Interviewing Skills

You have been invited to an interview because the hiring manager believes you may be a good match for the job opening. The interview is used to determine whether or not you are qualified for the position, motivated to do the job, and the right fit. As the job seeker, you should make use of this time to determine whether you can be successful in the available position and whether the company will give you the opportunity for professional growth and career development.

Interview Do's
Arrive on time or a few minutes early.
Greet the interviewer by last name if you are sure of the pronunciation. If not, ask the employer to repeat it.
Project energy and enthusiasm. Smile and shake hands firmly.
Wait until you're offered a chair before sitting. Sit upright, look alert and interested at all times. Listen carefully and respond succinctly and articulately.
Early in the meeting, try to get the interviewer to describe the job and the duties to you so you can focus your responses on your background, skills and accomplishments that relate to the position.
Be sincere and truthful while focusing on communicating your specific professional achievements that relate to the accounting or finance job opening.
Interview Don't's
Don't answer with a simple "yes" or "no." Explain whenever possible.
If you don't understand a question - or need a moment to think about it - say so. Never pretend to know something or someone when you don't.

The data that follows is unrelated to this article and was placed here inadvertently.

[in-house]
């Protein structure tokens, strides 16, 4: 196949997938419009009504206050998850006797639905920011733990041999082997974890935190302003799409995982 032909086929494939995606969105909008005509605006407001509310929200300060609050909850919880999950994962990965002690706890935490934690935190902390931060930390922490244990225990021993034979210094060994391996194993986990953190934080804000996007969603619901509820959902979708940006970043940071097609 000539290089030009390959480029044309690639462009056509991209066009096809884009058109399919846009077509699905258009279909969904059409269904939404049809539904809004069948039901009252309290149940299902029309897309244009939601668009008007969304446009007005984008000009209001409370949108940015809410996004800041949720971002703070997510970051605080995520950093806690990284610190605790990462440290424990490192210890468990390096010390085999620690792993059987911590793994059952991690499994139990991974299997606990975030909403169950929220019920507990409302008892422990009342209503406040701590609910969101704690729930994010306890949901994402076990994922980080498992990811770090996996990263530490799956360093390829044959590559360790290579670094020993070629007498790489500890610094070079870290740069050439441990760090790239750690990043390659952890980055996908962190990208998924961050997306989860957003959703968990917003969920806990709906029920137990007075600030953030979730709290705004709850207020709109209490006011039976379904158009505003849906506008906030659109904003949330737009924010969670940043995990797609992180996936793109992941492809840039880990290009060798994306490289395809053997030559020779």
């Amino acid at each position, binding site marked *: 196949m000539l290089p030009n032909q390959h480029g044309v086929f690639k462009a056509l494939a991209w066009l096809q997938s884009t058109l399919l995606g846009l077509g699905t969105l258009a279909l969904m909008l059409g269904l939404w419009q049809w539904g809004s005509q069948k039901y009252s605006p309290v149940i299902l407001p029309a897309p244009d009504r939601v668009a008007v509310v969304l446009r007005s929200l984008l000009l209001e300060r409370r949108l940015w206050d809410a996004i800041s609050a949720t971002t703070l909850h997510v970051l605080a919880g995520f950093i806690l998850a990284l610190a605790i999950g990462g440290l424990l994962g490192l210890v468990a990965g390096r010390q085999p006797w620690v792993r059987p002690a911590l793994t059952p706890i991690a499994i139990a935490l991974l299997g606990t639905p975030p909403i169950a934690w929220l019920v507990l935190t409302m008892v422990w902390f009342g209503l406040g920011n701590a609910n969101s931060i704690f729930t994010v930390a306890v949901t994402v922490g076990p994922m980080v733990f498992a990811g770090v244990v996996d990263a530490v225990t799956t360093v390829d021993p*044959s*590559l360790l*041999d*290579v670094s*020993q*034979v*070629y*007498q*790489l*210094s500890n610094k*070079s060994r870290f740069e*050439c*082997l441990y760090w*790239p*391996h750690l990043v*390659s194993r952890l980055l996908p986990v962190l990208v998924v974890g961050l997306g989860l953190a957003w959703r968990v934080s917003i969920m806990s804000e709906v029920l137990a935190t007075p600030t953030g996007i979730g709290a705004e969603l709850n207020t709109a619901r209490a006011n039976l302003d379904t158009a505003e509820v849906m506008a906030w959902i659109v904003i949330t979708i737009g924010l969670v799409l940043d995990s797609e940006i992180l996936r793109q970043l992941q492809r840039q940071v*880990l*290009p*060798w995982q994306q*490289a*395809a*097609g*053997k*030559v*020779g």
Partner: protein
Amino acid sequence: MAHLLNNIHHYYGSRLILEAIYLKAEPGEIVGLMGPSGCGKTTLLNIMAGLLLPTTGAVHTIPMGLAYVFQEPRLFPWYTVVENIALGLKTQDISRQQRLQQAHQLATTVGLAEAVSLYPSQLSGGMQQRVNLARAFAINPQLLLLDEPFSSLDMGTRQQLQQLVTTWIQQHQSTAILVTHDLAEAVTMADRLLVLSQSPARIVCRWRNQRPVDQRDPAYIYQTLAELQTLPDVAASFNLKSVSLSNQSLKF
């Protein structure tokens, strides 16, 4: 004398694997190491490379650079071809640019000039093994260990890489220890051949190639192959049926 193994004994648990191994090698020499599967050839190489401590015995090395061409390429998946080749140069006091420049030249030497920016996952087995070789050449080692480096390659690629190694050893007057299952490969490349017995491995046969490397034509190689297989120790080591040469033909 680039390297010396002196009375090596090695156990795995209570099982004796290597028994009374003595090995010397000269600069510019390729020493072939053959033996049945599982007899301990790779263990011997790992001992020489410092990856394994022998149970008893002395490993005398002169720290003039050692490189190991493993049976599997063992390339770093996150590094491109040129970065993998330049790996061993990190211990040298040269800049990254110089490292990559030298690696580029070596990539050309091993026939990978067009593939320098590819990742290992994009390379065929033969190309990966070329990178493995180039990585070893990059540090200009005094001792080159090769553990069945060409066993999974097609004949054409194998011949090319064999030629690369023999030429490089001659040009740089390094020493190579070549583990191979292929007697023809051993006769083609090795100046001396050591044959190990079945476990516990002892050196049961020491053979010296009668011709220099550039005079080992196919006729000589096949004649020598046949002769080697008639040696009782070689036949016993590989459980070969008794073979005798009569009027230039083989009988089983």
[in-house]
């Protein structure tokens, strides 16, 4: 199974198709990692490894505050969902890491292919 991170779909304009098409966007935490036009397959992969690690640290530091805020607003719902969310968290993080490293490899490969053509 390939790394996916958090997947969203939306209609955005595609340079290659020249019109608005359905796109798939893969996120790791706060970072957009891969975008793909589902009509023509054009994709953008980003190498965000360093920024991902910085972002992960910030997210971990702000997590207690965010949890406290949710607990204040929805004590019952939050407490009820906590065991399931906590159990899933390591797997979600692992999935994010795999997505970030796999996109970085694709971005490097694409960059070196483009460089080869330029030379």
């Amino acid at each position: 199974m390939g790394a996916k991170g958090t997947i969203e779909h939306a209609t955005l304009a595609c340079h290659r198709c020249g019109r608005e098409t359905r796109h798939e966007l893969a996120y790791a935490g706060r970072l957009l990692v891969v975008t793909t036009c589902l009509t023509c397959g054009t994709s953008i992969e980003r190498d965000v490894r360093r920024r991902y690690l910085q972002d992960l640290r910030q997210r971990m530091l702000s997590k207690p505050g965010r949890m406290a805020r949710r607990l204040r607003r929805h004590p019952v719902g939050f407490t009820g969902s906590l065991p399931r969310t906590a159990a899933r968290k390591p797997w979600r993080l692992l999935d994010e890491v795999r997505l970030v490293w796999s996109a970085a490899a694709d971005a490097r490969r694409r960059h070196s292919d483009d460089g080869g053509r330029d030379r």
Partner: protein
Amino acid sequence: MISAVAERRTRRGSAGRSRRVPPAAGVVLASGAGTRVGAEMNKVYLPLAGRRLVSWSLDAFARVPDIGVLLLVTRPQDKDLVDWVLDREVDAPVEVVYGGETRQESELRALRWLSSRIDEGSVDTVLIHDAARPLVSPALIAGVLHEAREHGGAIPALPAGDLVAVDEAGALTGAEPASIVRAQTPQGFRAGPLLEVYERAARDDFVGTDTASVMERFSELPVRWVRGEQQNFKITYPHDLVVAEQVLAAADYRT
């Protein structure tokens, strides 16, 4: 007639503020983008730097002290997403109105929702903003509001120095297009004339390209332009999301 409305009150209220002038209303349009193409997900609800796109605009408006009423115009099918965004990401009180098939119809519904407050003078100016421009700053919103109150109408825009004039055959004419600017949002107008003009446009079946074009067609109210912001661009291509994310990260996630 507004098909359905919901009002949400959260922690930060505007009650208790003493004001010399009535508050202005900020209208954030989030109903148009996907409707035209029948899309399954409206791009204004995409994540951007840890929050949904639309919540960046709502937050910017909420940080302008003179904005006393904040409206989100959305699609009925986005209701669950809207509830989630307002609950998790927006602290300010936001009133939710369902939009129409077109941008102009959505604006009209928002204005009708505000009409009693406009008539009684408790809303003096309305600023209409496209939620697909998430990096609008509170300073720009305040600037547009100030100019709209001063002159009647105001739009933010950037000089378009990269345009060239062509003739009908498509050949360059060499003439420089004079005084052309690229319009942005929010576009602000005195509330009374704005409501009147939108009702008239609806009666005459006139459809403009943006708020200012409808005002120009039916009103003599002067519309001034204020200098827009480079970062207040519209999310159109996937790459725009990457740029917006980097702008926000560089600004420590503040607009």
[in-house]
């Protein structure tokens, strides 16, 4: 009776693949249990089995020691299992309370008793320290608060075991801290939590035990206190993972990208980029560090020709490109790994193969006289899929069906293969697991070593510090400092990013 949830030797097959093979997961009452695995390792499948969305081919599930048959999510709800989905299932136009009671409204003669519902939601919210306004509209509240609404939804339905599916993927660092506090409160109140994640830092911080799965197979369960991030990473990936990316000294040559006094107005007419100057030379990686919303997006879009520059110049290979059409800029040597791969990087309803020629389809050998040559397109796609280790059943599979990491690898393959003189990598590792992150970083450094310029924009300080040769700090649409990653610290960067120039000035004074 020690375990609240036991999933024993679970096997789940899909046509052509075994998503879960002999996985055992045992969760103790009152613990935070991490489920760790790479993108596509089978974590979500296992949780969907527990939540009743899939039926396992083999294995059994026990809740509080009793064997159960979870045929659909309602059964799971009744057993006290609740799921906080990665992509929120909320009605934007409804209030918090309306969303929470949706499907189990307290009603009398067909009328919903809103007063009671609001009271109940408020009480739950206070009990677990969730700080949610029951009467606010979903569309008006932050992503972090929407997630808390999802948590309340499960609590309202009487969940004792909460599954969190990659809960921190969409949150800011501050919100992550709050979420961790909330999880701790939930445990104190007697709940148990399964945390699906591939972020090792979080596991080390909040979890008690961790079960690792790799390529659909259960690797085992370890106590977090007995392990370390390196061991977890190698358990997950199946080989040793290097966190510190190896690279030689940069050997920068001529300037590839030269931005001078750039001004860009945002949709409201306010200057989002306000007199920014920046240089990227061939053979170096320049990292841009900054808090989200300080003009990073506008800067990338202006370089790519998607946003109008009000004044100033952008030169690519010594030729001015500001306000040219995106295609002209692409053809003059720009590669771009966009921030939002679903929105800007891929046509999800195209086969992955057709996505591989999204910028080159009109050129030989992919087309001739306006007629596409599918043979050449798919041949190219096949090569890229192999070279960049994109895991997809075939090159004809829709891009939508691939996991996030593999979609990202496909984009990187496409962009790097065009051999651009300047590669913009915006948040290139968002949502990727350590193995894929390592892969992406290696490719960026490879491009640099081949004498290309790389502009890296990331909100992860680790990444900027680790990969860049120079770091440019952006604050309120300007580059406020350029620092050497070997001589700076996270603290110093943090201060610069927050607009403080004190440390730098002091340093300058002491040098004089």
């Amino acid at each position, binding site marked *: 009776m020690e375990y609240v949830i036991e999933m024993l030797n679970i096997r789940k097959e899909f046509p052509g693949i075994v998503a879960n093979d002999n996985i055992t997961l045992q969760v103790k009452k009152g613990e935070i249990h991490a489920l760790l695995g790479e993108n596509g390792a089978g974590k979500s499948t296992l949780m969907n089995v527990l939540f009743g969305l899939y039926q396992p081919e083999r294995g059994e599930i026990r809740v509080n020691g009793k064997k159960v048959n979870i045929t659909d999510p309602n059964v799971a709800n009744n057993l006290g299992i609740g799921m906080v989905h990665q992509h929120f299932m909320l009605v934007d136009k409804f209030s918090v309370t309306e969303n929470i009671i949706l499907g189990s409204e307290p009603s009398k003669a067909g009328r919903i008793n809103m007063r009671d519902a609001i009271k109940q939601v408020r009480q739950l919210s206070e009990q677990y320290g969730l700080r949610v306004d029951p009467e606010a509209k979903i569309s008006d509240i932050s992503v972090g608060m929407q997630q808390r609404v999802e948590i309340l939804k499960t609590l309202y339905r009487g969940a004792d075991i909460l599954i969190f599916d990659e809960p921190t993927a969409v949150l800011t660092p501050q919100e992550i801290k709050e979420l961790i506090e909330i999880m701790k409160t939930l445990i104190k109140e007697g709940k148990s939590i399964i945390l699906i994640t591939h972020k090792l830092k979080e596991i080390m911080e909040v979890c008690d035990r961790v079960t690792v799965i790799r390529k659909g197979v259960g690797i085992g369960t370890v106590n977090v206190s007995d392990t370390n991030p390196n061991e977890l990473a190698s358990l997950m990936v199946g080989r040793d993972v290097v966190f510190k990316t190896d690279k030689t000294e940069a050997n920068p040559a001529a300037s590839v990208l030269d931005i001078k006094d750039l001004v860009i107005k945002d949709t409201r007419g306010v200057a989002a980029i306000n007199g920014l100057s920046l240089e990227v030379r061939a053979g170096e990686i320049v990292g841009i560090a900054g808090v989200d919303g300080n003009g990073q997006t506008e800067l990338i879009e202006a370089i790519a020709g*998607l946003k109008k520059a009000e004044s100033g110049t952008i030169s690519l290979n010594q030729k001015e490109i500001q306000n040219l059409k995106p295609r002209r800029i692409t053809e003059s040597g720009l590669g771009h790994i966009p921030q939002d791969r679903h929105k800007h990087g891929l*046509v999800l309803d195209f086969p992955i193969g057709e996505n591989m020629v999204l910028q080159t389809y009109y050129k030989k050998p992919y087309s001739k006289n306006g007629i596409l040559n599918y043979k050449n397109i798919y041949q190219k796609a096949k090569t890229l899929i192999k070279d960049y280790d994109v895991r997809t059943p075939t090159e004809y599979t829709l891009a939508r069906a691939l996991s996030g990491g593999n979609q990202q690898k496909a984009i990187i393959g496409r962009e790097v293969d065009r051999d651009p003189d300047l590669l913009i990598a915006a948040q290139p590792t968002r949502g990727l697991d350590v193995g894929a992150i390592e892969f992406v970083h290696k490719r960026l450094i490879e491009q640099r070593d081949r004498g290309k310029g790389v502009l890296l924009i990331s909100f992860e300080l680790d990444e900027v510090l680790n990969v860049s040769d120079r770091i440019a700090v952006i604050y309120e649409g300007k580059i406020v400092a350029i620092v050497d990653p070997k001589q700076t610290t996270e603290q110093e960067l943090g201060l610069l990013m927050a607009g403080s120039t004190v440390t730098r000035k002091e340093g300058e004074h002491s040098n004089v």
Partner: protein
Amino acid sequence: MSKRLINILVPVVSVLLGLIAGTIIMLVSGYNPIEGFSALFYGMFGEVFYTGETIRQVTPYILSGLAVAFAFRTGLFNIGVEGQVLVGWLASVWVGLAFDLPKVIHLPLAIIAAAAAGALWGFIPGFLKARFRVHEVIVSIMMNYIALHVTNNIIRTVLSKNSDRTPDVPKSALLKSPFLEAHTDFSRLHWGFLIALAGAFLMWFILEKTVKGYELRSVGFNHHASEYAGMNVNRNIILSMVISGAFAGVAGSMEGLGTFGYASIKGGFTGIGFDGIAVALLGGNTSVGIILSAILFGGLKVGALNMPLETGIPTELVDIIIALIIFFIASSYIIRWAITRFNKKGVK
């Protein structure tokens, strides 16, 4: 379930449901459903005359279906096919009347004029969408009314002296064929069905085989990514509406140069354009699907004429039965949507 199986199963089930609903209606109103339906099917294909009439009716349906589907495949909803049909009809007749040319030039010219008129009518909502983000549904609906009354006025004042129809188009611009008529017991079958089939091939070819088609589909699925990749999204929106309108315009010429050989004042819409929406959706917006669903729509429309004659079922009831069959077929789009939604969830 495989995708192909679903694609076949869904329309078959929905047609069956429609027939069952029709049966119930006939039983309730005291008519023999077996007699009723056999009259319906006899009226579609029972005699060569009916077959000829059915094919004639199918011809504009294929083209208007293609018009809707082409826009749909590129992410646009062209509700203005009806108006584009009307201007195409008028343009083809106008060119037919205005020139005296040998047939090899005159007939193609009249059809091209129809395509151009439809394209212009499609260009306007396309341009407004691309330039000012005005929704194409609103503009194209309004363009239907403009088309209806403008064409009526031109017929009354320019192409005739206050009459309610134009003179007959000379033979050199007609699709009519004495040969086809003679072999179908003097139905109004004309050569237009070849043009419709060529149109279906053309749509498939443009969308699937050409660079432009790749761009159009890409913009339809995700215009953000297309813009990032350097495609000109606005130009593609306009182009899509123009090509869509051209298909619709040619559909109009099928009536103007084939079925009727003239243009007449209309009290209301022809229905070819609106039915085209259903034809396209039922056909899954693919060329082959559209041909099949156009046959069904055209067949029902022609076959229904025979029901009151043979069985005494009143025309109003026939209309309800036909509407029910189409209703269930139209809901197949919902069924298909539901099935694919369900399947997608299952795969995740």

Don't rely on your application or resume to do the selling for you. Interviewers will want you to be convincing.
Don't make negative remarks about present or former employers. When explaining your reasons for leaving, communicate your rationale professionally.
Don't over-answer questions. If the interviewer steers the conversation into controversial - or even illegal - topics, try to do more listening than speaking. Keep your responses non-committal.
Don't inquire about salary, vacations, benefits, bonuses or retirement on the initial interview unless you are sure the employer is interested in hiring you. If the interviewer asks what salary you want, give a range based on your research of the job market, but indicate that you're more interested in the opportunity for continued learning and professional development than in a specific salary.